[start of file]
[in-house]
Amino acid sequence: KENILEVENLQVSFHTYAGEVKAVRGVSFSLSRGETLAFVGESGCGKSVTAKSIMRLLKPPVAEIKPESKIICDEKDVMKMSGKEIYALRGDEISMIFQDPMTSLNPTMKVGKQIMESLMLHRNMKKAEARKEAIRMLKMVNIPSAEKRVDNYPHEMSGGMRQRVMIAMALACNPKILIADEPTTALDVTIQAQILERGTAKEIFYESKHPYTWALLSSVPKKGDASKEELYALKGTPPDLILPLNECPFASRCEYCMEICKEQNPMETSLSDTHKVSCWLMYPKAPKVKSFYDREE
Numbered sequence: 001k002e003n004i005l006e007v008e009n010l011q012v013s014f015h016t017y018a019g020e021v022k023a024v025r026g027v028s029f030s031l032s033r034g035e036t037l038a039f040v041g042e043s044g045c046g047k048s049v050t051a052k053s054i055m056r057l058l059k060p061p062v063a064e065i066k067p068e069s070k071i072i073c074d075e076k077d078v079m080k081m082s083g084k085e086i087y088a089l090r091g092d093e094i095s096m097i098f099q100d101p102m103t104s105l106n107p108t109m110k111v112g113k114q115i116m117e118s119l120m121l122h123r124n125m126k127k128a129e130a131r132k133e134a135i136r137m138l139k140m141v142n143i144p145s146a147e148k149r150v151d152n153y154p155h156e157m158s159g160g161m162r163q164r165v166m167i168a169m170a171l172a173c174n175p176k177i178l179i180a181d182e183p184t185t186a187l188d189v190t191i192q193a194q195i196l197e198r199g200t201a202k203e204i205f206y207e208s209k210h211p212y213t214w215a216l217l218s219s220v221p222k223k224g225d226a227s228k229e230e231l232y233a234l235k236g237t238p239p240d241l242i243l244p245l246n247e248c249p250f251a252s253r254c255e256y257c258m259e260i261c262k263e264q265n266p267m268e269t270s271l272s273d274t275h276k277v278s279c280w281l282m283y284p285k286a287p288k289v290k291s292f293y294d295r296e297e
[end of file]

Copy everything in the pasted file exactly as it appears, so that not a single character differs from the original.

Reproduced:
[in-house]
Amino acid sequence: KENILEVENLQVSFHTYAGEVKAVRGVSFSLSRGETLAFVGESGCGKSVTAKSIMRLLKPPVAEIKPESKIICDEKDVMKMSGKEIYALRGDEISMIFQDPMTSLNPTMKVGKQIMESLMLHRNMKKAEARKEAIRMLKMVNIPSAEKRVDNYPHEMSGGMRQRVMIAMALACNPKILIADEPTTALDVTIQAQILERGTAKEIFYESKHPYTWALLSSVPKKGDASKEELYALKGTPPDLILPLNECPFASRCEYCMEICKEQNPMETSLSDTHKVSCWLMYPKAPKVKSFYDREE
Numbered sequence: 001k002e003n004i005l006e007v008e009n010l011q012v013s014f015h016t017y018a019g020e021v022k023a024v025r026g027v028s029f030s031l032s033r034g035e036t037l038a039f040v041g042e043s044g045c046g047k048s049v050t051a052k053s054i055m056r057l058l059k060p061p062v063a064e065i066k067p068e069s070k071i072i073c074d075e076k077d078v079m080k081m082s083g084k085e086i087y088a089l090r091g092d093e094i095s096m097i098f099q100d101p102m103t104s105l106n107p108t109m110k111v112g113k114q115i116m117e118s119l120m121l122h123r124n125m126k127k128a129e130a131r132k133e134a135i136r137m138l139k140m141v142n143i144p145s146a147e148k149r150v151d152n153y154p155h156e157m158s159g160g161m162r163q164r165v166m167i168a169m170a171l172a173c174n175p176k177i178l179i180a181d182e183p184t185t186a187l188d189v190t191i192q193a194q195i196l197e198r199g200t201a202k203e204i205f206y207e208s209k210h211p212y213t214w215a216l217l218s219s220v221p222k223k224g225d226a227s228k229e230e231l232y233a234l235k236g237t238p239p240d241l242i243l244p245l246n247e248c249p250f251a252s253r254c255e256y257c258m259e260i261c262k263e264q265n266p267m268e269t270s271l272s273d274t275h276k277v278s279c280w281l282m283y284p285k286a287p288k289v290k291s292f293y294d295r296e297e